November 25, 2013
In other News You Care About, Dawn needs to send me an email sandi[at]themrs.ca because she's getting one of these:
Hooray for random comments about corsets!
Someday I'll be normal, I promise.
November 20, 2013
It's the kind of gong show where I post whenever I want because because.
Also: I did TOO write this week. I just happened to write over at Rebecca's. So there.
Housekeeping: I don't respond to comments until days later because...because (sounds like a theme). Please keep saying things at me. It makes me feel less like a hermit who lives with other people and interacts with humans on a daily basis but still feels the hermit title is valid because sometimes she feels alone inside her brain where all the funny stuff lives and appreciates when other people get the joke even if it is only about Rafflecopter I'm looking at you Kristen.
Sorry if this is your first time here but I swear
Posted by The Mrs at 1:15 PM
November 13, 2013
Consider this extra post my little gift to you from a week that keeps on giving (...Lucy, Oscar, and me the flu, plus a report deadline that is kicking my ass in the teeth...or something.)
My dear friend Lindsay - you might have heard of her? I mention her a lot, and used to have an ad for Inklings Paperie on the sidebar until the ad servicing company stopped being free, like jerks. My laziness/unholy amount of work has prevented me from replacing it on my own, among seventy billion other pieces of Blog Maintenance I Haven't Done.
You might remember her shower games and gender reveal scratch-offs from this post, or her sweet scratch-off lunch box notes from this post, and today - on this thoroughly unremarkable Wednesday - she's got something else to show you.
She's submitting an entry into uncommongoods.com's "Dream Big. Start Small." contest...and it's adorable. Look! A baby!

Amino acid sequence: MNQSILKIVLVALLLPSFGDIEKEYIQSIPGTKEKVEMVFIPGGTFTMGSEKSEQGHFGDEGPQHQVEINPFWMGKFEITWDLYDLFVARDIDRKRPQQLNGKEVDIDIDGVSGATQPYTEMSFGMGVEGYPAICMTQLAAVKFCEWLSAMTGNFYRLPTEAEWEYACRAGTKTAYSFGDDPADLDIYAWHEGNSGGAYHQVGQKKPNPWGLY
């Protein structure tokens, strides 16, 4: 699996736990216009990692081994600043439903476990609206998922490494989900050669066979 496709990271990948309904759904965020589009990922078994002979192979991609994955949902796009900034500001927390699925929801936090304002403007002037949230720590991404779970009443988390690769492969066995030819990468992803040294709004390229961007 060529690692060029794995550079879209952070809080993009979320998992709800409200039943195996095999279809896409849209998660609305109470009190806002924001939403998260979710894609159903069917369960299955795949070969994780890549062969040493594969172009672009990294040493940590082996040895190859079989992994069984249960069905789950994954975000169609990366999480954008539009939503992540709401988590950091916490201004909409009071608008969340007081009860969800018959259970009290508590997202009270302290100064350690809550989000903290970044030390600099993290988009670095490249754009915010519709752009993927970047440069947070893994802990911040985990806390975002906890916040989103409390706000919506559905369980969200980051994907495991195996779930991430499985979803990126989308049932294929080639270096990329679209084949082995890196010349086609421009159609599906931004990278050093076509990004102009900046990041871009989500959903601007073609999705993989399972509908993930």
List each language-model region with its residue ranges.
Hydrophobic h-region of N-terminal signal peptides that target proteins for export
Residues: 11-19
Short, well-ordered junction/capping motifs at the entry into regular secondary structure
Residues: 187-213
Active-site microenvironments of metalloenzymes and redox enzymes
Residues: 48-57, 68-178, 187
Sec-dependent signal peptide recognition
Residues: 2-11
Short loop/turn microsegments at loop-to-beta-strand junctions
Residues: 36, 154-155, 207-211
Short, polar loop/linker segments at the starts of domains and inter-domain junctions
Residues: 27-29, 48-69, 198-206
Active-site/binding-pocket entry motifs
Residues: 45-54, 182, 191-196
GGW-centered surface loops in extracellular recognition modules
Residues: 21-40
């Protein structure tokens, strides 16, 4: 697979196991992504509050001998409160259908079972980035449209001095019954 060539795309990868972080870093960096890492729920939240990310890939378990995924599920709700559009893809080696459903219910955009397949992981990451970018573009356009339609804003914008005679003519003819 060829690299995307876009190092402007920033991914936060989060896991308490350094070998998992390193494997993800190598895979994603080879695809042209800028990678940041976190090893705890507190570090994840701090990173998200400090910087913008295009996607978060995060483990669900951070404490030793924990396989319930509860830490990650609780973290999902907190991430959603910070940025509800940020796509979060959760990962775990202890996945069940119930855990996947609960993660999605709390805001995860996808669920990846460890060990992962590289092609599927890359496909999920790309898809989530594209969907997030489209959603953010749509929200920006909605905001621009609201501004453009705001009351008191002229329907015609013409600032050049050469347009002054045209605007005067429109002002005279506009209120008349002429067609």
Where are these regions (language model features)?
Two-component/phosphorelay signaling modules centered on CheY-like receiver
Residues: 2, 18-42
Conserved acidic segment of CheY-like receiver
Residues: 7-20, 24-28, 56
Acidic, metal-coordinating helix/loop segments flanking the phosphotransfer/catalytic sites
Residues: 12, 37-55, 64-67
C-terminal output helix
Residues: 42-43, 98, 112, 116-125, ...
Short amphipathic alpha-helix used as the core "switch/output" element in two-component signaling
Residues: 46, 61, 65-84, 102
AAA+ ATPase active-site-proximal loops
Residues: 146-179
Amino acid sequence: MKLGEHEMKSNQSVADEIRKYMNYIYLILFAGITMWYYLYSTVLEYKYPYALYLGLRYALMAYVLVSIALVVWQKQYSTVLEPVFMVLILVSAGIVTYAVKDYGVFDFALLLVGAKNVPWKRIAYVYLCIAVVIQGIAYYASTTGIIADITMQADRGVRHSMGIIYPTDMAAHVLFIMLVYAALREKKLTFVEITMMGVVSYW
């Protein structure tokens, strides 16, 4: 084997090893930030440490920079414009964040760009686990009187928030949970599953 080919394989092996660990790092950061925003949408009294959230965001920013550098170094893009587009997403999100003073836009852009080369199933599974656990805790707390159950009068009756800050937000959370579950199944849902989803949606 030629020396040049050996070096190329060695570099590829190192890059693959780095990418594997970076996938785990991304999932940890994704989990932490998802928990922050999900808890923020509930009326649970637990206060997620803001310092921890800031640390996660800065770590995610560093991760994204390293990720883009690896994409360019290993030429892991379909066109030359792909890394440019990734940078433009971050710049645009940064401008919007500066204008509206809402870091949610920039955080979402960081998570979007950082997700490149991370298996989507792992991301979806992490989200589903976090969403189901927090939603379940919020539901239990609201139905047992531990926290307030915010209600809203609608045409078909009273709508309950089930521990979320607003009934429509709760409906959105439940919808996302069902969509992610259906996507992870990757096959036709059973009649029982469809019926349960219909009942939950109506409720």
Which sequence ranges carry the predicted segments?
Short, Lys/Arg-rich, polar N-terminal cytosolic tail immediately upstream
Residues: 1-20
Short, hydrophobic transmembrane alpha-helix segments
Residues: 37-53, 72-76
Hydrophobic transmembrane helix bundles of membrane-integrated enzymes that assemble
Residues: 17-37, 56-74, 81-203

Correction: She's not submitting a baby to the contest. That would be wrong.
It's the onesie design she's submitting, and - as is the case with ALL ONLINE CONTESTS EVAH, she needs some votes. Just votes, nothing fancy.
Iffen you vote (that's the flu drugs talking), you will have chance to get
And, because I love to making things into "entice more people to find The Mrs and I'll buy you with prizes" contests, I'm abandoning the ubiquitous Rafflecopter entries. Which means if you want to vote, and want to be entered to win the Wishes for Baby set - which is oh, so cute! - you need to leave a comment on The Mrs Facebook page about anything, really. Doctor Who. Bananas. Homemade corsets. Ponies. I don't care. In fact, the more ridiculous the better, even though I'm selecting a winner at random, because THIS LADY NEEDS A LAUGH. (Points at herself.)
Voting is here, and runs today until midnight on November 19th. Go forth!
(portentous voice) I shall announce the winner next Wednesday.
Posted by The Mrs at 1:39 PM
November 11, 2013
One one of these things is true.
(I'm glad to have him back. I kinda like him.)
November 4, 2013
And - before you can yell "No, don't!" or tackle them before they can turn the handle, they've opened the door into the cat room, and have been assaulted by a smell so foul it has to be written as A Smell?
Just me then?
Well, as it happens judgy-pants, I don't have a room like that anymore, so stop making that face. And - to make this as embarrassing as possible - the REASON I don't have a room like that anymore is because my mom and dad came over one day and told us we were cleaning it up and then proceeded to help us clean it up. Or we helped them clean it up. One of those two things.
Now we have a whole extra room. We de-toyed the living room and threw the kids in there for all of September. We walked into the house from the backyard...through the door!
And now, since it used to be a welder's shop and is therefore, of course*, uninsulated, the kids can't go in there unless they have hats and coats and gloves and slippers on, which is The Crappiest Thing Ever since wrestlingthreekidsintowinterclothesjfdkjawep;aoienffalasdk!!!!
So subtract two cats, add one room, and then - just as I've come to rely on the peace that comes from adding an extra twenty feet and a door between the kids when they're extra full of energy and toys and fighting - subtract the room.
KAPOW! Seasonal Affected By Not Having An Extra Playroom Wah Poor Me Disorder.
*"of course", in this sense, meaning: I have no other excuse to offer for anyone who would add an extra hundred square feet to a house and neglect to even pretend to insulate it. Like, at all.